F is for Family Season 1 available December 18 on Netflix.
Comedian Bill Burr drew partially on his own upbringing to create F Is for Family, but the Netflix animated comedy doesn’t feel particularly distinctive. Aside from its salty language and a couple of brief sexually explicit moments, F Is for Family would be right at home on Fox or FX. Burr’s co-creator, Michael Price, is a veteran of The Simpsons, and while F Is for Family is more realistic and grounded than that long-running series, many of its characters and plot elements are similar.
Burr voices Frank, the patriarch of the Midwestern Murphy family, a short-tempered but well-intentioned guy working a blue-collar job (as an airport baggage handler) and trying to provide for his often ungrateful kids. The show is set in 1973, which mainly serves as an opportunity for Frank to voice his politically incorrect opinions without consequence, although some of the period detail in the animation is strong.
The first season’s six episodes are fairly self-contained, but there’s an ongoing storyline about Frank’s job that builds to a melancholy finish suggesting a potentially more insightful look at the struggles of a working-class family in the 1970s. Mostly Burr and Price are content to settle for predictable jokes about angry dads, rebellious teenagers and weird neighbors. F Is for Family most closely resembles Fox’s King of the Hill in its gentler moments, and the short-lived FX cartoon Unsupervised in its more cynical depictions of family life.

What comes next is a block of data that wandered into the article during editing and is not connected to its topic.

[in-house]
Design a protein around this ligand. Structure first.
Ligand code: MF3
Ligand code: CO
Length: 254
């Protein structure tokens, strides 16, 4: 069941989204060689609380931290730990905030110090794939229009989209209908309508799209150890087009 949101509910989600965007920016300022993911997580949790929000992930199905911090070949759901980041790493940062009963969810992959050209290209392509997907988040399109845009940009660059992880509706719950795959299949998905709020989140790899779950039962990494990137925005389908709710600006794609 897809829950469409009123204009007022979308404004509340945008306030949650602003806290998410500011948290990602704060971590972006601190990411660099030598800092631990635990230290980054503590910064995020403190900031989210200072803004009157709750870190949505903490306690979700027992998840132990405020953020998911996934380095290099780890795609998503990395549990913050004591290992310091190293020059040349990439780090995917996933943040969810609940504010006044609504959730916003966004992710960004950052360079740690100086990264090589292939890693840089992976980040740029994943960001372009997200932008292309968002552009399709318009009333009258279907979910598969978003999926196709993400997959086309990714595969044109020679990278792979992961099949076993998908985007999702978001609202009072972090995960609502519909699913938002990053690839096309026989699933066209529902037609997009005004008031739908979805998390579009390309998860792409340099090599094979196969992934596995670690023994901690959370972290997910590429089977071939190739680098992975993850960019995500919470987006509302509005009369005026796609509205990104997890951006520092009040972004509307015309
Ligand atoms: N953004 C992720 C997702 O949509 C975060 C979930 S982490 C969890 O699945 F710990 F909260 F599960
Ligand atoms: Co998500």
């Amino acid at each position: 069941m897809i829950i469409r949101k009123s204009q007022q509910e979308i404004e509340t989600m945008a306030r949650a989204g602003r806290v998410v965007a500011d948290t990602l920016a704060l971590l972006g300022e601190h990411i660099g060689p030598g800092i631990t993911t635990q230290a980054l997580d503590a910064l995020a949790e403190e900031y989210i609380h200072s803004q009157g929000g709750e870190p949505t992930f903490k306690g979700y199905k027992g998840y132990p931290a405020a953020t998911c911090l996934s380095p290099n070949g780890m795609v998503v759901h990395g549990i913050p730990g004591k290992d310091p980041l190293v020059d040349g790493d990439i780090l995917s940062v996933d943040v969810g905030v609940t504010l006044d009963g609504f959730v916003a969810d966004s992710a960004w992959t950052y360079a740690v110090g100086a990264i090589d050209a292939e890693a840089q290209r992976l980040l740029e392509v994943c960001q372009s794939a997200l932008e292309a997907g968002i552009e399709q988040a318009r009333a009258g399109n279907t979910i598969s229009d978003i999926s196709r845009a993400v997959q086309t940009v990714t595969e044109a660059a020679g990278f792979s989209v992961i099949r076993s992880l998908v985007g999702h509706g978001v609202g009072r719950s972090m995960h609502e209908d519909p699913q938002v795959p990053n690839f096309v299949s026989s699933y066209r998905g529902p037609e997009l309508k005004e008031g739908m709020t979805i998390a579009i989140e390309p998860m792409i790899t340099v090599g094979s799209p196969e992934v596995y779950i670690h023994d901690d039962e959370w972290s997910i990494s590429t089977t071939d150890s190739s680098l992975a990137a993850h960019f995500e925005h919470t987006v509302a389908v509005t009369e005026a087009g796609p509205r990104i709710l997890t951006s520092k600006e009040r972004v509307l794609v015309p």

The animation is mostly simple and straightforward, and the character designs lean toward realism (as opposed to the surreal world of fellow Netflix animated series BoJack Horseman). The tone is more restrained than outrageous, but Burr and Price don’t have a strong enough perspective to compensate for the mediocre humor. Their average family is a little too average.